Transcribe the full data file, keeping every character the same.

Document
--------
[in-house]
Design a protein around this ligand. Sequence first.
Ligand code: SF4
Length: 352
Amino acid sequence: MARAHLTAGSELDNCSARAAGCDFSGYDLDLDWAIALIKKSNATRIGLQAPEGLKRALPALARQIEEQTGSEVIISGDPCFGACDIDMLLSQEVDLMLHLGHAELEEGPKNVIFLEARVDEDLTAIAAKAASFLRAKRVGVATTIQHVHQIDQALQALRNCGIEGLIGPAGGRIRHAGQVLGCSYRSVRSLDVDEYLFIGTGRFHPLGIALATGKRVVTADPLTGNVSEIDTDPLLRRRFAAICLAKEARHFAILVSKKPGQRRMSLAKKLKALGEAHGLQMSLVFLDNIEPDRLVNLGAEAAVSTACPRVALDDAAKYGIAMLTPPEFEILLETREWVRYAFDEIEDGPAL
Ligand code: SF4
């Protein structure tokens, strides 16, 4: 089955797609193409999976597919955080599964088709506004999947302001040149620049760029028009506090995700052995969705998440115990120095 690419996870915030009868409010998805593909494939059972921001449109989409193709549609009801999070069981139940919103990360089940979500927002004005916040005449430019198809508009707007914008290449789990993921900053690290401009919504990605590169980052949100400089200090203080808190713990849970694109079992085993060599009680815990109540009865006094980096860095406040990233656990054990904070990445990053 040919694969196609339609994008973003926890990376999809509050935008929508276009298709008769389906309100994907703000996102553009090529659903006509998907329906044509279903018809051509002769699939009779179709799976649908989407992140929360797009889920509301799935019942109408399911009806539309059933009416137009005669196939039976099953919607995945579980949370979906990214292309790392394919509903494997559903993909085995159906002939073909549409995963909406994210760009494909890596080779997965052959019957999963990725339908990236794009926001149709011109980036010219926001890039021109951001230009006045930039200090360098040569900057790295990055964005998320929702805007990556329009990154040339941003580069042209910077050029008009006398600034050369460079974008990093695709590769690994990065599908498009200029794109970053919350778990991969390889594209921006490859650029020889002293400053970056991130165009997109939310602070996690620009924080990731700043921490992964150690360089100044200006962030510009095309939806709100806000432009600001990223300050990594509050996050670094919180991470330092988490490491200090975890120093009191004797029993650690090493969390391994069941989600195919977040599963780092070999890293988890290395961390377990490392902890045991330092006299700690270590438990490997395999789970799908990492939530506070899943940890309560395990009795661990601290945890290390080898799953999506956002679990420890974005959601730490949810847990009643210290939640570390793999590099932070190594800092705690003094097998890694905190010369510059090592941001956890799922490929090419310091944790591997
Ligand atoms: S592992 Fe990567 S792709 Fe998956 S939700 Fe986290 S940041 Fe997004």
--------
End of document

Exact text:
[in-house]
Design a protein around this ligand. Sequence first.
Ligand code: SF4
Length: 352
Amino acid sequence: MARAHLTAGSELDNCSARAAGCDFSGYDLDLDWAIALIKKSNATRIGLQAPEGLKRALPALARQIEEQTGSEVIISGDPCFGACDIDMLLSQEVDLMLHLGHAELEEGPKNVIFLEARVDEDLTAIAAKAASFLRAKRVGVATTIQHVHQIDQALQALRNCGIEGLIGPAGGRIRHAGQVLGCSYRSVRSLDVDEYLFIGTGRFHPLGIALATGKRVVTADPLTGNVSEIDTDPLLRRRFAAICLAKEARHFAILVSKKPGQRRMSLAKKLKALGEAHGLQMSLVFLDNIEPDRLVNLGAEAAVSTACPRVALDDAAKYGIAMLTPPEFEILLETREWVRYAFDEIEDGPAL
Ligand code: SF4
């Protein structure tokens, strides 16, 4: 089955797609193409999976597919955080599964088709506004999947302001040149620049760029028009506090995700052995969705998440115990120095 690419996870915030009868409010998805593909494939059972921001449109989409193709549609009801999070069981139940919103990360089940979500927002004005916040005449430019198809508009707007914008290449789990993921900053690290401009919504990605590169980052949100400089200090203080808190713990849970694109079992085993060599009680815990109540009865006094980096860095406040990233656990054990904070990445990053 040919694969196609339609994008973003926890990376999809509050935008929508276009298709008769389906309100994907703000996102553009090529659903006509998907329906044509279903018809051509002769699939009779179709799976649908989407992140929360797009889920509301799935019942109408399911009806539309059933009416137009005669196939039976099953919607995945579980949370979906990214292309790392394919509903494997559903993909085995159906002939073909549409995963909406994210760009494909890596080779997965052959019957999963990725339908990236794009926001149709011109980036010219926001890039021109951001230009006045930039200090360098040569900057790295990055964005998320929702805007990556329009990154040339941003580069042209910077050029008009006398600034050369460079974008990093695709590769690994990065599908498009200029794109970053919350778990991969390889594209921006490859650029020889002293400053970056991130165009997109939310602070996690620009924080990731700043921490992964150690360089100044200006962030510009095309939806709100806000432009600001990223300050990594509050996050670094919180991470330092988490490491200090975890120093009191004797029993650690090493969390391994069941989600195919977040599963780092070999890293988890290395961390377990490392902890045991330092006299700690270590438990490997395999789970799908990492939530506070899943940890309560395990009795661990601290945890290390080898799953999506956002679990420890974005959601730490949810847990009643210290939640570390793999590099932070190594800092705690003094097998890694905190010369510059090592941001956890799922490929090419310091944790591997
Ligand atoms: S592992 Fe990567 S792709 Fe998956 S939700 Fe986290 S940041 Fe997004």